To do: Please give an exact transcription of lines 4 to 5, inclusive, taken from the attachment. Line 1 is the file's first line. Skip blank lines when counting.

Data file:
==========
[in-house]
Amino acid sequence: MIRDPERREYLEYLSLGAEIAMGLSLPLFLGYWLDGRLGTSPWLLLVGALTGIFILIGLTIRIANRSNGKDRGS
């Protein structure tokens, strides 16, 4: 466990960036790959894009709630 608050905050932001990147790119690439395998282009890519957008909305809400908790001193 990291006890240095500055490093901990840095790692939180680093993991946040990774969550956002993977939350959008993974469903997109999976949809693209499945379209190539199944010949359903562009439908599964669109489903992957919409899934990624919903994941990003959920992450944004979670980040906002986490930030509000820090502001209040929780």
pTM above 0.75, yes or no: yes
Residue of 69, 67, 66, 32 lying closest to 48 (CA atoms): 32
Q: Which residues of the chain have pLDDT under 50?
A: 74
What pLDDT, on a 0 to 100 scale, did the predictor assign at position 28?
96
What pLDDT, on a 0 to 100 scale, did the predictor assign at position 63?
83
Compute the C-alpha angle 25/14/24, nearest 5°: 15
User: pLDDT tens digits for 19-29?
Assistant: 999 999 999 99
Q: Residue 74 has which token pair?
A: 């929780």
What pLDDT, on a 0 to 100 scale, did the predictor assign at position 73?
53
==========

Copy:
pTM above 0.75, yes or no: yes
Residue of 69, 67, 66, 32 lying closest to 48 (CA atoms): 32